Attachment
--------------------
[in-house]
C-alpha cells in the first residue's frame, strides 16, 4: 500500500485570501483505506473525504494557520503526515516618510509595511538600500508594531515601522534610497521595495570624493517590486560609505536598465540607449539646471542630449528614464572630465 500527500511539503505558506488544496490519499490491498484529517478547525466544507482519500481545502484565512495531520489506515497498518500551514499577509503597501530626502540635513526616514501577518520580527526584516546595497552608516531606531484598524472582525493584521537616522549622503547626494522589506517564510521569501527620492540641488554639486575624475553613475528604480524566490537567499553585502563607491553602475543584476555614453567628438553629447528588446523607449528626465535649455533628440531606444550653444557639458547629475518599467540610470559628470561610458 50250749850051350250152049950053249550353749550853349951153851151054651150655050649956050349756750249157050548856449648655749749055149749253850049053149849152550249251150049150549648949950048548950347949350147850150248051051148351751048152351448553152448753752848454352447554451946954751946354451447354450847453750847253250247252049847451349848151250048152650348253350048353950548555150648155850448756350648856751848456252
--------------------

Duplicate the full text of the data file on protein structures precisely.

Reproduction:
[in-house]
C-alpha cells in the first residue's frame, strides 16, 4: 500500500485570501483505506473525504494557520503526515516618510509595511538600500508594531515601522534610497521595495570624493517590486560609505536598465540607449539646471542630449528614464572630465 500527500511539503505558506488544496490519499490491498484529517478547525466544507482519500481545502484565512495531520489506515497498518500551514499577509503597501530626502540635513526616514501577518520580527526584516546595497552608516531606531484598524472582525493584521537616522549622503547626494522589506517564510521569501527620492540641488554639486575624475553613475528604480524566490537567499553585502563607491553602475543584476555614453567628438553629447528588446523607449528626465535649455533628440531606444550653444557639458547629475518599467540610470559628470561610458 50250749850051350250152049950053249550353749550853349951153851151054651150655050649956050349756750249157050548856449648655749749055149749253850049053149849152550249251150049150549648949950048548950347949350147850150248051051148351751048152351448553152448753752848454352447554451946954751946354451447354450847453750847253250247252049847451349848151250048152650348253350048353950548555150648155850448756350648856751848456252